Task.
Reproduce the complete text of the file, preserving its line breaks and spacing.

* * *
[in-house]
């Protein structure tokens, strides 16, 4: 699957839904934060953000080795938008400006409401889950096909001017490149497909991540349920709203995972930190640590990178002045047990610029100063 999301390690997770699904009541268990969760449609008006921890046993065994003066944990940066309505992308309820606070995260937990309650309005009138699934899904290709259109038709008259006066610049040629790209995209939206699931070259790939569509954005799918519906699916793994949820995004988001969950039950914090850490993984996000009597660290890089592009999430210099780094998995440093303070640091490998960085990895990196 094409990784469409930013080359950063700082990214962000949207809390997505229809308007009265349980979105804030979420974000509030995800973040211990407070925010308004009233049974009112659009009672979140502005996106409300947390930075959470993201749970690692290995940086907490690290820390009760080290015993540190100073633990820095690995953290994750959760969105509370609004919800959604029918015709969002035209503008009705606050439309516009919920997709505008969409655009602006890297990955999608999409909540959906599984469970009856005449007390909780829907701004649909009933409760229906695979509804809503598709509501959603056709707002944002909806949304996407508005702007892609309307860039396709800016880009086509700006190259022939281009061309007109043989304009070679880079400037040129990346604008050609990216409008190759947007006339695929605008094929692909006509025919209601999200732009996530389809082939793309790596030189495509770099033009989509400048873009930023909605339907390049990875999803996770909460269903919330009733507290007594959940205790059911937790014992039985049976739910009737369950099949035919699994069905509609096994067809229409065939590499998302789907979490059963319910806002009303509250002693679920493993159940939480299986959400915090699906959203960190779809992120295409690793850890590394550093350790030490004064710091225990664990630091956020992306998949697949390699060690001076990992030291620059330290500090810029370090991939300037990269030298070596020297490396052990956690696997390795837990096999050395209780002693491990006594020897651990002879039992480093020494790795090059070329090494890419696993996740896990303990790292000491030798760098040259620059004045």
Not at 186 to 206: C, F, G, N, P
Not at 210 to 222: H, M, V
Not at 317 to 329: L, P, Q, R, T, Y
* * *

[in-house]
């Protein structure tokens, strides 16, 4: 699957839904934060953000080795938008400006409401889950096909001017490149497909991540349920709203995972930190640590990178002045047990610029100063 999301390690997770699904009541268990969760449609008006921890046993065994003066944990940066309505992308309820606070995260937990309650309005009138699934899904290709259109038709008259006066610049040629790209995209939206699931070259790939569509954005799918519906699916793994949820995004988001969950039950914090850490993984996000009597660290890089592009999430210099780094998995440093303070640091490998960085990895990196 094409990784469409930013080359950063700082990214962000949207809390997505229809308007009265349980979105804030979420974000509030995800973040211990407070925010308004009233049974009112659009009672979140502005996106409300947390930075959470993201749970690692290995940086907490690290820390009760080290015993540190100073633990820095690995953290994750959760969105509370609004919800959604029918015709969002035209503008009705606050439309516009919920997709505008969409655009602006890297990955999608999409909540959906599984469970009856005449007390909780829907701004649909009933409760229906695979509804809503598709509501959603056709707002944002909806949304996407508005702007892609309307860039396709800016880009086509700006190259022939281009061309007109043989304009070679880079400037040129990346604008050609990216409008190759947007006339695929605008094929692909006509025919209601999200732009996530389809082939793309790596030189495509770099033009989509400048873009930023909605339907390049990875999803996770909460269903919330009733507290007594959940205790059911937790014992039985049976739910009737369950099949035919699994069905509609096994067809229409065939590499998302789907979490059963319910806002009303509250002693679920493993159940939480299986959400915090699906959203960190779809992120295409690793850890590394550093350790030490004064710091225990664990630091956020992306998949697949390699060690001076990992030291620059330290500090810029370090991939300037990269030298070596020297490396052990956690696997390795837990096999050395209780002693491990006594020897651990002879039992480093020494790795090059070329090494890419696993996740896990303990790292000491030798760098040259620059004045």
Not at 186 to 206: C, F, G, N, P
Not at 210 to 222: H, M, V
Not at 317 to 329: L, P, Q, R, T, Y